GeoScience BC released the results of their most recent mineral survey. Close to 20% of Northern Vancouver Island was covered. The village of Tahsis and parts of Regional District A, in the Strathcona Regional District (SRD), are within this area. Thirty-five new claims were staked within a month of this information being made public. On Feb 26, 2020, GeoScience BC made a presentation to the SRD Board.
Encouraging Mineral Exploration
Then Jim Abram, Regional Director Discovery Islands-Mainland Inlets, had them scroll back to the beginning of their slide show, “Encouraging mineral exploration, that’s what the group is all about, right?”
Cliff replied, “Yes, that’s one of our missions, to help encourage mineral exploration.”
Well Received By Industry
In their handout, the organization boasts that “For every $1 spent on Geoscience BC minerals research, there is $6.60 invested in mineral exploration.”
There are also some recommendations from industry.
“This high-resolution airborne geophysical data… will be key to new mineral exploration and potential discovery creating economic benefits to communities, businesses and First Nations.” said Greg Neeld, President & CEO, Hawkeye Gold and Diamond Inc. (TSX.V: HAWK)
“The publicly available data from this project is used and valued by all types of AME members, from grassroots prospectors to multinational mining corporations – as well as by the communities and Indigenous groups in the research area,” said Kendra Johnston, President & CEO, AME (Association for Mineral Exploration).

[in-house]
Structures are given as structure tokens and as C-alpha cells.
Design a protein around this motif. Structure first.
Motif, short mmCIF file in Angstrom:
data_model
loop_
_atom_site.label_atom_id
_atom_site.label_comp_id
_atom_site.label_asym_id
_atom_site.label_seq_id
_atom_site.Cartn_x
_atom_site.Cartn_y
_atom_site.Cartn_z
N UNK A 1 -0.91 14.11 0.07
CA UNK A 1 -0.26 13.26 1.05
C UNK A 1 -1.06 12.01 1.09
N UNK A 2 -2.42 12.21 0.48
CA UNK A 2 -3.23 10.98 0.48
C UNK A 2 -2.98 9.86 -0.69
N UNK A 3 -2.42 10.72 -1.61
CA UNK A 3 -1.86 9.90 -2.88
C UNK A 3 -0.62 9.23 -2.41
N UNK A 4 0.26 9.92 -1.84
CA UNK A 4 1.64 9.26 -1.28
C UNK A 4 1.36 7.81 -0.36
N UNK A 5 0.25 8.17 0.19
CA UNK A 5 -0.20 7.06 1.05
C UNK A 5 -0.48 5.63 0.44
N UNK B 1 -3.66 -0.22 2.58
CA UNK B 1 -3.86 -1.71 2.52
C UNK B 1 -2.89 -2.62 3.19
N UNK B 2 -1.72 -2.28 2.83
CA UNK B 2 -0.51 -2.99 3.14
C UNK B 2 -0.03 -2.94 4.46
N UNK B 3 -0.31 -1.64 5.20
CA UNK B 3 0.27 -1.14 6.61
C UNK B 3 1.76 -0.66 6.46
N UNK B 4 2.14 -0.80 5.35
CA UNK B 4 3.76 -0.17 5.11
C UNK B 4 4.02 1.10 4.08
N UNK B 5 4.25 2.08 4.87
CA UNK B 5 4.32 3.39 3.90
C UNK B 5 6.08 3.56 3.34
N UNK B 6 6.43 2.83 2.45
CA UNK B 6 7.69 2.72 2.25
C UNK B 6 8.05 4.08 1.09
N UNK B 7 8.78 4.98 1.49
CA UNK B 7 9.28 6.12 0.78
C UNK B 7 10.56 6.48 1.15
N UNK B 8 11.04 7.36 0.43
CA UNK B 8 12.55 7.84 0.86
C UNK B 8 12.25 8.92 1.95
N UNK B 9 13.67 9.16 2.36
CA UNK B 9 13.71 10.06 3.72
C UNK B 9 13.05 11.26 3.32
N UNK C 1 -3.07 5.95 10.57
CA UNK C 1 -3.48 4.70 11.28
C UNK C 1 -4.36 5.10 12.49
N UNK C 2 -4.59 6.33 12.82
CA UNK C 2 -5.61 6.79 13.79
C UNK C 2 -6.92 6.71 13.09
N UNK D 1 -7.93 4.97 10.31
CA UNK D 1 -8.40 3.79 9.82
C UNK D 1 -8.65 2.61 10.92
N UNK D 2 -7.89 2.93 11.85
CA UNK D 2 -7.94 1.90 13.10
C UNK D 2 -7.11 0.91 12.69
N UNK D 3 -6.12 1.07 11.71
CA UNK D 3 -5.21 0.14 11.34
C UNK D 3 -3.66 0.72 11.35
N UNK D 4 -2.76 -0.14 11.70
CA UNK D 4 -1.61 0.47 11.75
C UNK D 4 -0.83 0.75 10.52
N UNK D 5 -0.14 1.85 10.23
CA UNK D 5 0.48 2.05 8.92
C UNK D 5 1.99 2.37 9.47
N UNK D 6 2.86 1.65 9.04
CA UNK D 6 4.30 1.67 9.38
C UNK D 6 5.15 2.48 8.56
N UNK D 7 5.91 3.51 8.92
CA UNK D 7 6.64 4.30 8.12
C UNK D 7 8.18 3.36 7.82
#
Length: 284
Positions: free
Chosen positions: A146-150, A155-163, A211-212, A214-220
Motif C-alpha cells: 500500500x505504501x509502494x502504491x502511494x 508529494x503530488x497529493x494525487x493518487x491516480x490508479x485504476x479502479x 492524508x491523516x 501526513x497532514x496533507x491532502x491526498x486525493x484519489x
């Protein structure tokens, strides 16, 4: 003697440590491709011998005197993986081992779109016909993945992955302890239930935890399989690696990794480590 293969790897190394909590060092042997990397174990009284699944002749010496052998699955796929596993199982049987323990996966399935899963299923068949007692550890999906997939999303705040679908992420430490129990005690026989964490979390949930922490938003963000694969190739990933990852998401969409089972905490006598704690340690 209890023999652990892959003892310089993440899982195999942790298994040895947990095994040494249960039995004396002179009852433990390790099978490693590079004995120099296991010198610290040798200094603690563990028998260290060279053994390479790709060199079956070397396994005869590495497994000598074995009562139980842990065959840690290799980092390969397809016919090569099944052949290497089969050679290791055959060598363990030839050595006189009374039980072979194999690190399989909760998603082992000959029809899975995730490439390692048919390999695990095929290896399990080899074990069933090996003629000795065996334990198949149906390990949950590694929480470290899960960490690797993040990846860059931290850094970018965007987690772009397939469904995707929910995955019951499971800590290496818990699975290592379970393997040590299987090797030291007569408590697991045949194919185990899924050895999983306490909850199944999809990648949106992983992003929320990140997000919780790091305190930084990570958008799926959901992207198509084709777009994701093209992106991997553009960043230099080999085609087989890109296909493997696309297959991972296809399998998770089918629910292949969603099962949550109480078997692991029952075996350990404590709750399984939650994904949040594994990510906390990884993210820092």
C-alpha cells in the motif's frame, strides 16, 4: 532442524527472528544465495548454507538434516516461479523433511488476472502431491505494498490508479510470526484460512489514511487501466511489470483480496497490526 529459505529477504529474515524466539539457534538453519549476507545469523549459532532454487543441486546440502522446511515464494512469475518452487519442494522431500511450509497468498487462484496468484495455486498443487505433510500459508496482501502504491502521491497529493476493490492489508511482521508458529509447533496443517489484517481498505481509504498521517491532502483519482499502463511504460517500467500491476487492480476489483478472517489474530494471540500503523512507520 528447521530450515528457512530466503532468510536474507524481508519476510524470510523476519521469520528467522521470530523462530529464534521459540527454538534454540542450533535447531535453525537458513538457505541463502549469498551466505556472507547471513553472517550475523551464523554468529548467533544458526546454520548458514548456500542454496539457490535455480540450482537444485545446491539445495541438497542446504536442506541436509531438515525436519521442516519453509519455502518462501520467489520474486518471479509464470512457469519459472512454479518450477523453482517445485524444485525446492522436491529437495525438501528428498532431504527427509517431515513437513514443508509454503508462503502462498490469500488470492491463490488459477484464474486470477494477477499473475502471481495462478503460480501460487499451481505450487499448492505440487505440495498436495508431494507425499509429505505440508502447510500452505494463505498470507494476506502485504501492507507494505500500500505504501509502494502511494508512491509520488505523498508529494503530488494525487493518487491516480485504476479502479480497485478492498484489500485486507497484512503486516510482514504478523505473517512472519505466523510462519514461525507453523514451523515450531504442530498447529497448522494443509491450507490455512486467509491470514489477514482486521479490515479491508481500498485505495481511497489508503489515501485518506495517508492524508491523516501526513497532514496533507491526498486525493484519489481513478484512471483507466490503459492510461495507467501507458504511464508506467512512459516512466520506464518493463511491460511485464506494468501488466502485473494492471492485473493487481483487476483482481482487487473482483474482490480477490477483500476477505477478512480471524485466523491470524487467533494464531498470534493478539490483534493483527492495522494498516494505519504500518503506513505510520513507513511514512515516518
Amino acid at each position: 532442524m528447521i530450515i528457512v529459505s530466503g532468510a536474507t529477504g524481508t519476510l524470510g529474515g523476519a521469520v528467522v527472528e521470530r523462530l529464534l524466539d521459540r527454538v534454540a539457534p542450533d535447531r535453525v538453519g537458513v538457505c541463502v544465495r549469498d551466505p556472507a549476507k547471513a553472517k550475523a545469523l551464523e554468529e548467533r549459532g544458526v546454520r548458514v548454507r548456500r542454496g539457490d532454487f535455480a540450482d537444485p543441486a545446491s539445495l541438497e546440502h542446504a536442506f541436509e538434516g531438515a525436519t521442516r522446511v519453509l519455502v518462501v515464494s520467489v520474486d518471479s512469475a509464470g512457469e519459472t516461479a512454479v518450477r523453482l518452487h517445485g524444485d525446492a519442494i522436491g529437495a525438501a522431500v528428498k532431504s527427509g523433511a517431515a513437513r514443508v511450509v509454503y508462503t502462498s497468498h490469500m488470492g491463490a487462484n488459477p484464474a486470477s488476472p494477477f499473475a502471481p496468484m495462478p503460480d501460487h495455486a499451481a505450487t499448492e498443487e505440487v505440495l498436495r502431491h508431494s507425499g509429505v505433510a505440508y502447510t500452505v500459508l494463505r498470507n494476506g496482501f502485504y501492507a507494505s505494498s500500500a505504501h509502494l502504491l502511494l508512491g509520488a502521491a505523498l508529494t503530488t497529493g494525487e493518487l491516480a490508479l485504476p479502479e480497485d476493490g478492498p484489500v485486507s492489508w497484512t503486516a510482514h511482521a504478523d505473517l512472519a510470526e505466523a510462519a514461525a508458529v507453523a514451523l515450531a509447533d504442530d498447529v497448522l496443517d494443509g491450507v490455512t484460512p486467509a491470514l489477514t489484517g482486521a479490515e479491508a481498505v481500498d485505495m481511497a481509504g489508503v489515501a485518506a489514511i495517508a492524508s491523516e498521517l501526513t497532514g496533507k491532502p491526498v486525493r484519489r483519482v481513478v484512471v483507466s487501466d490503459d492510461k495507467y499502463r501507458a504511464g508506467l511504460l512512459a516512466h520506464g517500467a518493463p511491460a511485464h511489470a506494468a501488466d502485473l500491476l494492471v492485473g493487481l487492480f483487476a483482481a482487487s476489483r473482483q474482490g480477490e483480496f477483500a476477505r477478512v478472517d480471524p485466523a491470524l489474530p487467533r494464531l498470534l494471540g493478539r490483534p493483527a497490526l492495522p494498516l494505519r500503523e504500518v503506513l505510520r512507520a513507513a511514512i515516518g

An Indigenous Recommendation
Dallas Smith, President of the Nanwakolas Council Board of Directors, agrees, “I am confident that Geoscience BC’s Vancouver Island North Regional Project’s high-resolution, public geoscience data will bring new mineral exploration interest and investment to the Island.”
Do People Want It?
“So this process is information gathering for people who are interested in doing this sort of work, but I would hope they still have to go through a massive public process to find out whether people want it. You are talking about everything from small mineral explorations to major industrial mines,” said Abram.
Cliff responded, “Yes, the same process applies. The work we did covered the whole area that you see on the map. What we did was a helicopter survey. We collected all the data, and made it publicly available. Geologists and Geophysics can now take that data and use it how they like because we provide it all for free. If someone stakes an area and they find something that really interests them, they still have to apply for all the permits, work within the regulations and do what the permit tells them to do.”
“With the Ministry of Energy, Mines and Resources, if that is still their name, we have absolutely nothing to say … We get notified. Whether it fits into our community plan is not considered. There is a bit of a problem there, as far as I am concerned,” said Abram.
Two Campbell River Directors Respond
“I applaud you for your efforts. The basic information provided by the government isn’t far enough down (Vancouver Island) in detail to get people to invest in that next stage of exploration. The information you provided makes it a heck of a lot more financially viable,” said Director Charlie Cornfield.